There are certainly a lot of bad drivers here in Pennsylvania, but they may not be the biggest danger on our roads. In fact, the biggest danger may be the roads themselves - or bridges, to be more exact. While bridge collapses are not nearly as common as motor vehicle accidents, they do happen, and they are almost always devastating.
So why is Pennsylvania in danger? The Associated Press recently did its own analysis of the 607,380 bridges listed on the federal National Bridge Inventory. The analysis focused on bridges deemed "structurally deficient," "fracture critical" or both. Pennsylvania is one of just four states with more than 600 bridges meeting both classifications.
Bridges are deemed "structurally deficient when they have at least one major component in bad enough shape that the bridge is in need of replacement or rehabilitation. On the other hand, "fracture critical" is used to describe bridges that don't have redundant safety protections. In other words, the whole bridge may collapse if just one vital component fails.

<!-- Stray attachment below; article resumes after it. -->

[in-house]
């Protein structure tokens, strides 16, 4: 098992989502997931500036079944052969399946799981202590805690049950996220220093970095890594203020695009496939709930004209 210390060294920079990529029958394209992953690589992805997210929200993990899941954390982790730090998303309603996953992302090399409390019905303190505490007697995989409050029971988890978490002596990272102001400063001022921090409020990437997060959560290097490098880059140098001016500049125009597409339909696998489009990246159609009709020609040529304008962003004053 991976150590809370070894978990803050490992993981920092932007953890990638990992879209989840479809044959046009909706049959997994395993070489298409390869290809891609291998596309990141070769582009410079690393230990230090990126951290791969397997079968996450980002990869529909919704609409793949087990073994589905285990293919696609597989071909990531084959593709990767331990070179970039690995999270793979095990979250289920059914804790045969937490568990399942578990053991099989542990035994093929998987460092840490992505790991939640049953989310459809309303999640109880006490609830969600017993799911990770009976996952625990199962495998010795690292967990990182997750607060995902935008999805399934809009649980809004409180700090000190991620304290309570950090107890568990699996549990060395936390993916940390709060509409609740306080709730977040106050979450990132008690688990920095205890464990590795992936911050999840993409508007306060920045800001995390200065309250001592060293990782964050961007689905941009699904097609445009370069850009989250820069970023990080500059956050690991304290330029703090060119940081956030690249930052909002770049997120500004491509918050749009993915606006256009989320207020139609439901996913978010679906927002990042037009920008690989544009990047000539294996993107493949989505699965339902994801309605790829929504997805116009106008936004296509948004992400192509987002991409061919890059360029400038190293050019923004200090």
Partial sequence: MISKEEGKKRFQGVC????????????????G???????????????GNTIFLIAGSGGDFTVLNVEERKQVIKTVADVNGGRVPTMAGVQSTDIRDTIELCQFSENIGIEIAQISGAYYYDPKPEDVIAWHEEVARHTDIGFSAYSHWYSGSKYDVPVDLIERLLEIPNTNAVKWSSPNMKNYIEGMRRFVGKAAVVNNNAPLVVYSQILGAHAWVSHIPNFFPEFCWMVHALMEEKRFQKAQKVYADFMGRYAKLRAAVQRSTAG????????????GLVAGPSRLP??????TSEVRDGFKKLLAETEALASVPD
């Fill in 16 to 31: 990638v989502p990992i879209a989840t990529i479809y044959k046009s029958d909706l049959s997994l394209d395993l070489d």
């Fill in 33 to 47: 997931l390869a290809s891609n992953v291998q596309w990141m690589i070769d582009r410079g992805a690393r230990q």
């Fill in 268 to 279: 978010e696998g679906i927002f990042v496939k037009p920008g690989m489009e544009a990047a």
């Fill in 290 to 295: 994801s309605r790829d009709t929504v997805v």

There are 7,795 bridges in the United States that have this double classification. And together they carry more than 29 million drivers a day in all 50 states and the District of Columbia. Bridges with a double classification aren't necessarily doomed to collapse, but they do pose a risk.
Because Pennsylvania has so many bridges in such poor condition, perhaps its time for all of us to make repair and replacement of these dangerous structures a statewide priority. Even though budgets are tight across the country, we must ask ourselves: is this an issue we can afford to ignore?
Source: KnoxNews.com, "10 Things: Making sense of nation's bad bridges," Mike Baker and Joan Lowy, Sept. 16, 2013